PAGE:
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Shock effects from a large impact on the moon

O'Keefe, John D. and Ahrens, Thomas J. (1976) Shock effects from a large impact on the moon. In: Lunar Science Conference. Geochimica et cosmochimica acta. Supplement 6. No.3. Pergamon Press , New York, NY, pp. 2831-2844. ISBN 9780080205663.

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The shock and shear deformation induced internal energy distribution is calculated for a major basin-forming hypervelocity meteorite impact on the moon. Using the Hageman and Walsh formulation of the axisymmetric two-dimensional conservation equations in finite difference form, the flow field induced upon impact of an iron meteorite traveling at 15 km/sec with a gabbroic anorthosite lunar crust is calculated for sequential time steps over a grid of hoop-shaped zones fixed in space. A grid of massless tracer particles follows the outline in detail of the deformed meteorite and lunar surf ace in the cratering region. Assuming an energy of 5 x 10^(32) ergs for the projectile energy required to excavate a basin of Imbrium size yields a flow field some 210 km in radius, ~19 sec after impact. At this point the maximum stress level has decayed to pressures less than 200 kbar and left a zone of shock-melted rock immediately surrounding the meteorite at stresses below 100 kbar. However, portions of the meteorite are still moving downward at speeds of 2 km/sec. At this time some 7.2 and 4.2 meteorite masses of lunar surf ace material has been partially or completely melted or vaporized, respectively. Using recent estimates of ejecta volume for Imbrium-sized craters and the present results implies that the ejecta from a single such event will contain only 0.03-8% melt depending upon the scaling relation used. This implies that for impacts in the present velocity range, multiple events are required to produce the (larger) mass fractions of glass seen in the lunar breccias and soils. Comparison with predictions of the Gault and Heitowit formulation indicates that this earlier model is approximately valid. It predicts too rapid a decay of shock pressure with distance and hence, energy densities which are too high in the mass of surf ace material immediately surrounding the impacting meteorite.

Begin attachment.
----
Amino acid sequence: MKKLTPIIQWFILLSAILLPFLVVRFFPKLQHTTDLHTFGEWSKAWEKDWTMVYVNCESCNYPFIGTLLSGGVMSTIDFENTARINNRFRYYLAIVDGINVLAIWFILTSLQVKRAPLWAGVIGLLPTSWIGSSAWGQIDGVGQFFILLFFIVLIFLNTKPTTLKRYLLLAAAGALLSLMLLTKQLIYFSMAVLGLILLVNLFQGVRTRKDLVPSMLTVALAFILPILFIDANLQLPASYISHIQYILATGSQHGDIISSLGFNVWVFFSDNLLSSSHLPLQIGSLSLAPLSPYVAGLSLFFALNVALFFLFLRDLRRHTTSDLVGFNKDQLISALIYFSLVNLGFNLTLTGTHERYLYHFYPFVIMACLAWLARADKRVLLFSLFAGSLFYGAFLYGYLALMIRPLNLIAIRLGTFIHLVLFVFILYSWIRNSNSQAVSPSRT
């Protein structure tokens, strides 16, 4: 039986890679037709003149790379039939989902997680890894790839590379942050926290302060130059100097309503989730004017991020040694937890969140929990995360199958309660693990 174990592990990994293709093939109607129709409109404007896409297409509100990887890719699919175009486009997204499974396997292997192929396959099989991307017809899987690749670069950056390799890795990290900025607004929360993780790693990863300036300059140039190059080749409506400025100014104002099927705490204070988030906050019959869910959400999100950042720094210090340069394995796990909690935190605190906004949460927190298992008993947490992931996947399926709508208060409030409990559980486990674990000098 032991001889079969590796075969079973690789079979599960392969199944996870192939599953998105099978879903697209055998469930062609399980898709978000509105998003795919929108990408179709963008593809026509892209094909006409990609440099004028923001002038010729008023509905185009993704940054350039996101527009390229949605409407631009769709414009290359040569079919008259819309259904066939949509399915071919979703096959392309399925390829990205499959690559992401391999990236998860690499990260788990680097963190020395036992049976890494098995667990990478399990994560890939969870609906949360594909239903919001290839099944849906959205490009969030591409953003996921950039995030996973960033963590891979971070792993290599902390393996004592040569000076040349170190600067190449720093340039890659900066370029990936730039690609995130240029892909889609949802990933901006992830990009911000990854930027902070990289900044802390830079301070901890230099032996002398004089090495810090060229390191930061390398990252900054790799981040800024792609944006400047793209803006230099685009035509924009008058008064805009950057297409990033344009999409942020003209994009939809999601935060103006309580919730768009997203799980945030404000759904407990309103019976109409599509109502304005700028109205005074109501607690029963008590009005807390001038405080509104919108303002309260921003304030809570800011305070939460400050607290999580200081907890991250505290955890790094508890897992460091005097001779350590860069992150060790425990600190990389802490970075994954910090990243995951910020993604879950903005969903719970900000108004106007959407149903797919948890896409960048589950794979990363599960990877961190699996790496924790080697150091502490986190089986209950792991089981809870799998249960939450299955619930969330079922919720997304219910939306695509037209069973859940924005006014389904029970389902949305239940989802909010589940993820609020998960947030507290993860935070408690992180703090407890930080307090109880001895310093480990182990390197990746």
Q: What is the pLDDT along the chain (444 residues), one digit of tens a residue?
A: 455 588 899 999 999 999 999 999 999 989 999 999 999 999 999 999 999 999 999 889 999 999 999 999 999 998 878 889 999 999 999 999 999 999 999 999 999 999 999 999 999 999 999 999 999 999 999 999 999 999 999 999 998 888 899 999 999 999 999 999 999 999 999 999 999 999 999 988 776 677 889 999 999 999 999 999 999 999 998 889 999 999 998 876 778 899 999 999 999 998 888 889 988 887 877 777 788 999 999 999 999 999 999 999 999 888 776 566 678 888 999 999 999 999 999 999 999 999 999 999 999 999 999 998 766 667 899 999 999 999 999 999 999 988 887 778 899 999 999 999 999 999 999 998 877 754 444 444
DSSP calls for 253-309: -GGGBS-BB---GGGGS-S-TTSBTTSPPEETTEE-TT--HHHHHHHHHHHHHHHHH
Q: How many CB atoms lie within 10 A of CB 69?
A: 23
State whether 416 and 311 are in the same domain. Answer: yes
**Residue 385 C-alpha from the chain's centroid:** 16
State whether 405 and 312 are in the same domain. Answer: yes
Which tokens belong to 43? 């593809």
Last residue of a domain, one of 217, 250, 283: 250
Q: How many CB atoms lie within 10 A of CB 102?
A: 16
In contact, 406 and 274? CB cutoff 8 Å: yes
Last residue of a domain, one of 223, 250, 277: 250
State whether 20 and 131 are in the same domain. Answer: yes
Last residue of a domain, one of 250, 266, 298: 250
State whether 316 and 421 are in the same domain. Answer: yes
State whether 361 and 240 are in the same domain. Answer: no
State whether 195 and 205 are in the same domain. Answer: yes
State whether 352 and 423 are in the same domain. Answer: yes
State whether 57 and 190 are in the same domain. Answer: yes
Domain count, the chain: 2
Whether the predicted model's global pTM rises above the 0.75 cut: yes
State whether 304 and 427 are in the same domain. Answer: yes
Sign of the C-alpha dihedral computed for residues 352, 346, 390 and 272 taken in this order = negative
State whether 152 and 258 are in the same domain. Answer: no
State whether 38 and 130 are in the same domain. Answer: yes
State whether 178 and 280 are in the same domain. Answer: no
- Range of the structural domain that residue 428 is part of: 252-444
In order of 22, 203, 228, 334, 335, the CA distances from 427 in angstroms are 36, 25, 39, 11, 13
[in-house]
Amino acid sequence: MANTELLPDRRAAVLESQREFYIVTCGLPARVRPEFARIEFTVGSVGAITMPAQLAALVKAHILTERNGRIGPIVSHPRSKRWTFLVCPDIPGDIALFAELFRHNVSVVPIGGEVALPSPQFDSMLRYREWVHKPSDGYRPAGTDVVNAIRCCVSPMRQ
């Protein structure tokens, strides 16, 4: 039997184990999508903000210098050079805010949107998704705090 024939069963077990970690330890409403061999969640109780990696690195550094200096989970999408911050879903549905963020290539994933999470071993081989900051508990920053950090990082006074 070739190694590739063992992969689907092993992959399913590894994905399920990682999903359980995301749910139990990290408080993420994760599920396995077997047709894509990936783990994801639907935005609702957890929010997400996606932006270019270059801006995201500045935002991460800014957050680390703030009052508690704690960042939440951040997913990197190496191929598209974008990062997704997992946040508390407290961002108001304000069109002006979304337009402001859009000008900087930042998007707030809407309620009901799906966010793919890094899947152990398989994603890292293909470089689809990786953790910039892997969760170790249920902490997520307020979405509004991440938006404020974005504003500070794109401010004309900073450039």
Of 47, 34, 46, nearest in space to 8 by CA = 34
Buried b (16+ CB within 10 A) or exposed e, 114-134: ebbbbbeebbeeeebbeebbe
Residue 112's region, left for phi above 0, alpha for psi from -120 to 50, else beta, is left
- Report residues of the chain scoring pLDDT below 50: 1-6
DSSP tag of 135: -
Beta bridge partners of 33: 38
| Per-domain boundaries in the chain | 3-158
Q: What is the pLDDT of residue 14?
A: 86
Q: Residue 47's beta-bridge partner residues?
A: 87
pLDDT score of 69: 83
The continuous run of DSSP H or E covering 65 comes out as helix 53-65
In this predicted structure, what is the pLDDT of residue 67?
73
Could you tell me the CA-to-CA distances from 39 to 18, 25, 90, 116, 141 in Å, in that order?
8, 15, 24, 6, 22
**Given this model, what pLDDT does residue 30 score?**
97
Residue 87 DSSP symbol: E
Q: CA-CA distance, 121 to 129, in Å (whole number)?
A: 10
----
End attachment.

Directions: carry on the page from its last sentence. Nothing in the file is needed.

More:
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Additional Information:© 1975 Lunar and Planetary Institute. Provided by the NASA Astrophysics Data System. Contribution No. 2616, Division of Geological and Planetary Sciences, California Institute of Technology, Pasadena, California 91125. This research was supported under NASA grant NGL-05-002-105. We appreciate the helpful comments made by Donald E. Gault and Henry J. Moore on our work and the computational assistance of Micheal Lainhart and suggestions of Laura Walsh.
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Caltech Division of Geological and Planetary Sciences2616
Series Name:Geochimica et cosmochimica acta. Supplement 6
Issue or Number:3
Record Number:CaltechAUTHORS:20150709-070308864
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Official Citation:Shock effects from a large impact on the moon Authors:Okeefe, J. D.; Ahrens, T. J. Publication: In: Lunar Science Conference, 6th, Houston, Tex., March 17-21, 1975, Proceedings. Volume 3. (A78-46741 21-91) New York, Pergamon Press, Inc., 1975, p. 2831-2844.
Usage Policy:No commercial reproduction, distribution, display or performance rights in this work are provided.
ID Code:58817
Deposited By: Ruth Sustaita
Deposited On:22 Jul 2015 19:05
Last Modified:03 Oct 2019 08:40

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